Margaret A.M. Heine

is the principal counsel at Heine Law Group in Fullerton, California. She is licensed in California and Washington and has authority to practice before the Supreme Court of the United States and the United States Court of International Trade.

Her practice includes estate planning, wills, trusts, and probate as well as business, real estate, and civil litigation. Email: or visit company website


Fluffy coat, bright shining eyes, wagging tails, yips, yaps, and licks.  Nothing more delightful than the cutest puppy ever, at least to the dog owner.  Dogs are not universally considered to be cute pets.  Dogs can be working breeds, trained to dig out varmints, corral sheep, cows, and other livestock, flush out fowl, and do other necessary work for their owners.  Some dogs are trained service animals to do things that their owner cannot, such as pick up things from the floor, open a door, a refrigerator, turn on the stove, let them know when there is on obstruction in the walkway, when it is acceptable to cross a street.  Other dogs are used by their owners as support animals.  Support animals are usually used for the emotional support of an owner who is afflicted with severe anxiety or other emotional conditions in which the dog provides the support to keep the owner calm.  Dogs are used heavily in the military, law enforcement, and by search and rescue.  These dogs can locate munitions, drugs, contraband, and persons, both alive and dead, protection and apprehension.

Dogs sound wonderful, don’t they?  Not to non-dog lovers and certainly not to insurance companies. Many insurance companies seek to limit dog bite claims, and thus, either refuse to insure a home with the following breeds, or charge a hefty premium to cover the breed:

  • Akita
  • Alaskan Malamute
  • Cane Corso
  • Chow Chow
  • Doberman Pinscher
  • German Shepherd
  • Great Dane
  • Mastiff
  • Pit Bull
  • Perro de Presa Canario
  • Rottweiler
  • Siberian Husky
  • Staffordshire Bull Terrier
  • Wolf hybrid

Some insurance companies base premium on a case by case basis and actual history.  Be sure to check out various insurance companies if you have a dog on the breed specific list.  Also, cities and counties are allowed to create their own breed specific lists for dogs which are not permitted in city parks and dog parks as well as how many dogs can be owned by a person in that city or county.  California Agricultural Code Section 31683 specifically allows cities and counties to determine what is a dangerous or vicious dog.

A new effort is underway to equate dog breed regulations as being racist or discriminatory.  Animal Farm Foundation is currently fighting breed discrimination in several states.  They put forth that dogs are not inherently dangerous or vicious, and that by saying some breeds are, they tend to be breeds that belong to a discriminated against class of people.  These arguments have also been advanced by the Animal Defense League, American Kennel Club, Best Friends Animal Society, and the Humane Society.  Several animal rights groups have joined in a call to the National Association of Insurance Commissions to stop all discrimination against specific dog breeds.  They have said, “The use of breed lists has a detrimental impact on three groups—uninformed consumers, people of color, and consumers of low or moderate means,”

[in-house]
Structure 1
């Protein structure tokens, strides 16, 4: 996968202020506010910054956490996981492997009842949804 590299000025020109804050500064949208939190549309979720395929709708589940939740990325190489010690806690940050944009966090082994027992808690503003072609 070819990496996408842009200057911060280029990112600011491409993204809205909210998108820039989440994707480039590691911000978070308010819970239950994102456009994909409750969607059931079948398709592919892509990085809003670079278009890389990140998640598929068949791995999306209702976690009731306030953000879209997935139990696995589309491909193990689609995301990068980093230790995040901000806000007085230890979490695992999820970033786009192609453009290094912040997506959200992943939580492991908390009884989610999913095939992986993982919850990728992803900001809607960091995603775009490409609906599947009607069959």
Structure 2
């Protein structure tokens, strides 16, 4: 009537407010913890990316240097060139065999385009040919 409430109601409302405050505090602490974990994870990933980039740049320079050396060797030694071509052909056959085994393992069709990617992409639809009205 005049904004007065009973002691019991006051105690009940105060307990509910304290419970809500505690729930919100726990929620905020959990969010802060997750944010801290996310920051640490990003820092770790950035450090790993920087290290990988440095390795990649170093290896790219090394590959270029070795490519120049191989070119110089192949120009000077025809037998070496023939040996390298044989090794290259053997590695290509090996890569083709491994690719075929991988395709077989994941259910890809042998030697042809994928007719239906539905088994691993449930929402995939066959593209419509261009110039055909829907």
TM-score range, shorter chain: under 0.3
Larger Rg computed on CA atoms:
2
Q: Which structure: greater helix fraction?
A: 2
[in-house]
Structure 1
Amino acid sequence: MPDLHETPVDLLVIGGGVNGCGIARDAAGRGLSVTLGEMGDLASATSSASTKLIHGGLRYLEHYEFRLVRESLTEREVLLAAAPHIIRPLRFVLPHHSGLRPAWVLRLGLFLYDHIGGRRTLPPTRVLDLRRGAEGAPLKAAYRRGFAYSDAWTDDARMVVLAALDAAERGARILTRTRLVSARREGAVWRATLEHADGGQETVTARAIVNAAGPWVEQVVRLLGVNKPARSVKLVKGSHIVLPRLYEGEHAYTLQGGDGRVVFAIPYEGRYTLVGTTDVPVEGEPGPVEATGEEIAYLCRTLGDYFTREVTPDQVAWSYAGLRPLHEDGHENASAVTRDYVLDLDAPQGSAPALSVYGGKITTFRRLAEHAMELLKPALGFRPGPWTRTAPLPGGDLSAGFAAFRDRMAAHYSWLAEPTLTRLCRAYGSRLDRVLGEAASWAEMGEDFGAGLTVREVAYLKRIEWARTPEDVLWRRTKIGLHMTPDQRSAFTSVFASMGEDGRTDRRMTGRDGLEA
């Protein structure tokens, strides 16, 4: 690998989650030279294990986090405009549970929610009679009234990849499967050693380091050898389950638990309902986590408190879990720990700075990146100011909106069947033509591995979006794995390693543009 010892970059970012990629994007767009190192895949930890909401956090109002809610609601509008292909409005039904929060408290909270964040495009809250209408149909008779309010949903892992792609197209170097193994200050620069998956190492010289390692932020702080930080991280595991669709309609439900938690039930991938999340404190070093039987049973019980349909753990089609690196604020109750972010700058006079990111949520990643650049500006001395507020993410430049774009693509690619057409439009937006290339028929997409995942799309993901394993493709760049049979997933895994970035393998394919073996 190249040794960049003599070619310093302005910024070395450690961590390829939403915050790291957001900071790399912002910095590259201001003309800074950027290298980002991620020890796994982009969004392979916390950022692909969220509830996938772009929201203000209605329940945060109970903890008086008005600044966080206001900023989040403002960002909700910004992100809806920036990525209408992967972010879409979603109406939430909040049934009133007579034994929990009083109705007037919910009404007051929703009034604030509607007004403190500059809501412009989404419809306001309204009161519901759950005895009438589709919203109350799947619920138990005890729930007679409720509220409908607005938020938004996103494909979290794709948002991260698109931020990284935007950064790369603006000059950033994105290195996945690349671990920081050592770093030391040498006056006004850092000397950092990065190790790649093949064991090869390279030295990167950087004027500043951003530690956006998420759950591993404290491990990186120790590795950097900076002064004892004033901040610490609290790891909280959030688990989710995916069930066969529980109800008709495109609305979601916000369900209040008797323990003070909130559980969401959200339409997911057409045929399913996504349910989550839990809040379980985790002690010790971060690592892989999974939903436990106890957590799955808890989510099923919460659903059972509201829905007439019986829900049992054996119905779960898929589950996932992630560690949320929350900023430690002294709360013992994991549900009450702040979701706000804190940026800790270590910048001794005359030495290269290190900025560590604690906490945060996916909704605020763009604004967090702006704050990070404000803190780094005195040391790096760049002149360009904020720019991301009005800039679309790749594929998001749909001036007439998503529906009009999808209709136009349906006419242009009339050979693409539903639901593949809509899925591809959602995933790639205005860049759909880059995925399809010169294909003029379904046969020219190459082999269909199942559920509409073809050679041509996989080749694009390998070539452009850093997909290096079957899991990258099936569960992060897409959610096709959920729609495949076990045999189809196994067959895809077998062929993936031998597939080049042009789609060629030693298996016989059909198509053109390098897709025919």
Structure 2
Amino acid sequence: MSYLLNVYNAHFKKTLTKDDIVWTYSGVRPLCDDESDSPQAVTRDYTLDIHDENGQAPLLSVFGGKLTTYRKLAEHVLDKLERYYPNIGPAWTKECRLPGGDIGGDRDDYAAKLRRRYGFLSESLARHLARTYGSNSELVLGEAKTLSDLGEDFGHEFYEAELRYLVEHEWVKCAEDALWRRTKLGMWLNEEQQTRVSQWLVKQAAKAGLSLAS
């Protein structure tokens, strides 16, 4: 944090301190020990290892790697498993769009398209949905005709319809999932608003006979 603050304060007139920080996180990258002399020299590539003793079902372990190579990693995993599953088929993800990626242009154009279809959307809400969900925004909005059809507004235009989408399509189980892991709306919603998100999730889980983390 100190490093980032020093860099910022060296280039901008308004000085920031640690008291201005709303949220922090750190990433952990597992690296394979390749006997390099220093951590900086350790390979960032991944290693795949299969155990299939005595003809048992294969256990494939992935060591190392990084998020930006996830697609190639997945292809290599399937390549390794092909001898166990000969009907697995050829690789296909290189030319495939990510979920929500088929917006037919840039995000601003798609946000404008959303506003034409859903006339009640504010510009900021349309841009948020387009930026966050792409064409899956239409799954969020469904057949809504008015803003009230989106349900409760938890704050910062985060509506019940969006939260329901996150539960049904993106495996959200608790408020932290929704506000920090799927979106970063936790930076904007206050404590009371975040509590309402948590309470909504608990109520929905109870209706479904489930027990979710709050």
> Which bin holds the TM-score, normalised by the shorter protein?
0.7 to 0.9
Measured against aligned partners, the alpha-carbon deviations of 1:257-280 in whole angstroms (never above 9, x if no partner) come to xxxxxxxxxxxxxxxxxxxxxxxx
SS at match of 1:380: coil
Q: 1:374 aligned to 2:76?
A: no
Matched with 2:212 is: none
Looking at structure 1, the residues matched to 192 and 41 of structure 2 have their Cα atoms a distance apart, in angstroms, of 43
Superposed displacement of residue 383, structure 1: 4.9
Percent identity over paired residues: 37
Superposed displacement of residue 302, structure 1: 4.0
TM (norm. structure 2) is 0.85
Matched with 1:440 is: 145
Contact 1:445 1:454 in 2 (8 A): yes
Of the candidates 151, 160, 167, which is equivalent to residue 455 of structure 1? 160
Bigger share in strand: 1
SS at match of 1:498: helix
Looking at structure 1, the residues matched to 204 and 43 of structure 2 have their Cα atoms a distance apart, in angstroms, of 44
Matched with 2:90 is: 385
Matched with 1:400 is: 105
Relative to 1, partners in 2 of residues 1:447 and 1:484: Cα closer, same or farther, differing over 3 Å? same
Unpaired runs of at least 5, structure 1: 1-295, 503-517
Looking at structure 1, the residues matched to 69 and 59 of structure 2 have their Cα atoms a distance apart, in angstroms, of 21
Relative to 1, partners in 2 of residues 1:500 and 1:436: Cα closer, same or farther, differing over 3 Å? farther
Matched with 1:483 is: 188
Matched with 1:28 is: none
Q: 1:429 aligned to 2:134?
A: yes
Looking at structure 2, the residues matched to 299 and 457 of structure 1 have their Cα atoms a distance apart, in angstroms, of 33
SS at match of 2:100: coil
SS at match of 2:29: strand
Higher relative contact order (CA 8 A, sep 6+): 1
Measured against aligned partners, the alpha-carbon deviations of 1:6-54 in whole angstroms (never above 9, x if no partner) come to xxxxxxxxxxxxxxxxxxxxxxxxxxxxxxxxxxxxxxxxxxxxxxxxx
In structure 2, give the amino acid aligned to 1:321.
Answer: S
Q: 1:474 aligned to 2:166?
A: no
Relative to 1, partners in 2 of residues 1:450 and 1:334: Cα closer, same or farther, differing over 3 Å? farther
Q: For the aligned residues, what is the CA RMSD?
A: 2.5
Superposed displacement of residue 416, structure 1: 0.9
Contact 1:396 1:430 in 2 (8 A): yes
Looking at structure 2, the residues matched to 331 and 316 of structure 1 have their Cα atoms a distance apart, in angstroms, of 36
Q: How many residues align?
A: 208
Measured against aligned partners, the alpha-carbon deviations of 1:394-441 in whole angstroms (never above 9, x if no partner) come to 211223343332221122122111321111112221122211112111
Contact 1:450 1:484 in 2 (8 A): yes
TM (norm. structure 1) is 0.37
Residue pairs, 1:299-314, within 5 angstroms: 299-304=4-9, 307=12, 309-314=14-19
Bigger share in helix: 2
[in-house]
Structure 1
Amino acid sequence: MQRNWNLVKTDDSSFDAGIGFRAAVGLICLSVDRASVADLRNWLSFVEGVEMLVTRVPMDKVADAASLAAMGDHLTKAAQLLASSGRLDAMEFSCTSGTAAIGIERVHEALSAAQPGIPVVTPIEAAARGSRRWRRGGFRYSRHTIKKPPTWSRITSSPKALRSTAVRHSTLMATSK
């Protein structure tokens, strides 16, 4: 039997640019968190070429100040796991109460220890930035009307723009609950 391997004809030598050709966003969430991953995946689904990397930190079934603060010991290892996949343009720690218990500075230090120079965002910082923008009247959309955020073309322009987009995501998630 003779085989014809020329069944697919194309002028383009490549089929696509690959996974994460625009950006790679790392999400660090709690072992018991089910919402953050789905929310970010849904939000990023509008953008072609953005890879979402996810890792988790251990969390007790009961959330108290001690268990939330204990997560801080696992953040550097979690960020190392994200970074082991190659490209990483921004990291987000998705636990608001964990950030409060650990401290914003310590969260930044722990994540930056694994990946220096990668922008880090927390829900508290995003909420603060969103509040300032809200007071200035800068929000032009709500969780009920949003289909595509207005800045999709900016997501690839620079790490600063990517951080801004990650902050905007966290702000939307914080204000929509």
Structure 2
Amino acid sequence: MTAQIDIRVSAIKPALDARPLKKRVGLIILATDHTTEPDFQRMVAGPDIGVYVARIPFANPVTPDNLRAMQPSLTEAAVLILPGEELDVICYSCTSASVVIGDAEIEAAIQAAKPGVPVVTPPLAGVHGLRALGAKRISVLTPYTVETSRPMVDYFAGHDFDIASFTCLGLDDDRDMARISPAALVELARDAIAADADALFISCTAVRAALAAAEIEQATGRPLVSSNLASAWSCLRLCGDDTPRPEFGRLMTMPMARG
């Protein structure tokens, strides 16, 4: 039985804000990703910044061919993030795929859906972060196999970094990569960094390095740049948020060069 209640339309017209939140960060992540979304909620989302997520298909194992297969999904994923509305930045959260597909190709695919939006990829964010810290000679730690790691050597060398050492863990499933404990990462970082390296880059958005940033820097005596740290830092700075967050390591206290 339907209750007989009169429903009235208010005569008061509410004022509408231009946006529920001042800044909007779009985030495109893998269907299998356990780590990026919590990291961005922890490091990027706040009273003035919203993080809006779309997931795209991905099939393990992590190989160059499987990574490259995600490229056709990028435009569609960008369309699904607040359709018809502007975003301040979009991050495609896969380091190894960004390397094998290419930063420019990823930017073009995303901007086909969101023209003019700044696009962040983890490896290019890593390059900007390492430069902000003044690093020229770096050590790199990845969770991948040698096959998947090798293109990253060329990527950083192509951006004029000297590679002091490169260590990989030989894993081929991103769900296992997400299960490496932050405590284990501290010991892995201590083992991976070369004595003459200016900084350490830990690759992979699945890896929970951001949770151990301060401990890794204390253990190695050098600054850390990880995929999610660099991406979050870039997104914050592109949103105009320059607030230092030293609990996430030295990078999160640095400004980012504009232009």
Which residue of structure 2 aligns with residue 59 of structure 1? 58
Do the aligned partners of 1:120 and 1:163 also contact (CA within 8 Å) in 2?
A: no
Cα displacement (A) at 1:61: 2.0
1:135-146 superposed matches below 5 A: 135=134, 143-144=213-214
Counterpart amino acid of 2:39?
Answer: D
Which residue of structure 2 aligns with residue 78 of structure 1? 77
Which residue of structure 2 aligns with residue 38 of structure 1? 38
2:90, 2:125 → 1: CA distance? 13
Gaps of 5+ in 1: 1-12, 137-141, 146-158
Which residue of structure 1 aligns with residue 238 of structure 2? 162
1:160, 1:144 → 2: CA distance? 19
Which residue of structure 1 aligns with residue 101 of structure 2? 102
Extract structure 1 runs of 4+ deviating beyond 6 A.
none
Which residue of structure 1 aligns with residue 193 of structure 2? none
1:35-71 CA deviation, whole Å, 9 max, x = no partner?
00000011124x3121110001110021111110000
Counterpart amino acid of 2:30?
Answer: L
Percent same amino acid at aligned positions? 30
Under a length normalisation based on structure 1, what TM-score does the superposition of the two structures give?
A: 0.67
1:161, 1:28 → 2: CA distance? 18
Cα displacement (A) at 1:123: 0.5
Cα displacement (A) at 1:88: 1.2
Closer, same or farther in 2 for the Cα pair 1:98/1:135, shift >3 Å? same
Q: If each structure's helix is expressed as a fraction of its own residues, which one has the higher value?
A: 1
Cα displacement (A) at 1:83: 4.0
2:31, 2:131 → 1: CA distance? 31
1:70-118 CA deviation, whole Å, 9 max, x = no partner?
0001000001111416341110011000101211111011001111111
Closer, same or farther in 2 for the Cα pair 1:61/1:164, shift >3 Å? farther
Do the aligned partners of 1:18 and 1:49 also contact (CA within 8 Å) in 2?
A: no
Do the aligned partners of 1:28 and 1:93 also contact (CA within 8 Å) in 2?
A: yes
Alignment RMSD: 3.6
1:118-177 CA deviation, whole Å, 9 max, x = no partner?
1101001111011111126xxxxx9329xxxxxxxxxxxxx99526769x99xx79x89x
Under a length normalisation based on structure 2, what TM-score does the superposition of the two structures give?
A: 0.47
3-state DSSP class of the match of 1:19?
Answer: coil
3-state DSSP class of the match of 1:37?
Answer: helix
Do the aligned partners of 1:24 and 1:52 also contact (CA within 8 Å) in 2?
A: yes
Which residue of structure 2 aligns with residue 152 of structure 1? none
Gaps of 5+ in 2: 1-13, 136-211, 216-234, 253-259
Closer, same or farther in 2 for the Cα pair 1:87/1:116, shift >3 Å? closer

Charging more for renters or home owners insurance would definitely affect lower income dog owners disproportionately.  Also, as the majority of dogs found in county shelters and dog rescues are pitbills, it is a death sentence to these dogs if lower income persons are banned from adopting them.

An NAIC spokesperson said the request would be reviewed at the group’s spring 2021 meeting.

In California, the California Insurance Commissioner, Ricardo Lara, said it is up to legislature to set the parameters regarding breed specific lists and whether insurers in this state can discriminate against certain breeds.

California also has a total ban on the ownership of exotic pets, and there is no insurance coverage for any damage caused by an exotic pet.  California Fish and Wildlife controls the enforcements of exotic pet laws.  There are some pets with roots in “exotic” designations that may be permitted in California if there is a sufficient break with their wild and exotic background.  It is always a good idea to check local ordinances and with fish and wildlife before taking any exotic animal as a pet.  Some pets which are forbidden in California are hedgehogs, ferrets, other small mammals, some lizards, and some exotic birds.

As an aside, it is routine now that people want to take their dogs everywhere with them.  There are a number of online sites where you can purchase what you need to make your dog an emotional support animal in the hopes that this will be enough to let you take your dog anywhere with you.

Don’t do it, unless your animal is specifically trained to be a service or emotional support animal.  The American with Disabilities Act does not protect an emotional support animal, and allows airlines to refuse accommodations for emotional support animals.  An emotional support animal is generally classified as a “pet” versus a service animal.  They are also referred to as “companion dogs”.  These regulations do not mean that they do not serve a viable function for their owner, but it is a much more relaxed relationship than a full service animal.

Both service dogs and emotional support dogs are allowed under the Fair Housing Act.  Under the ADA provisions, however, only service dogs are protected at the workplace and in public areas, including airlines, restaurants, and public buildings.

Enjoy these dog days of summer!  Make sure you and your pet are protected and safe.

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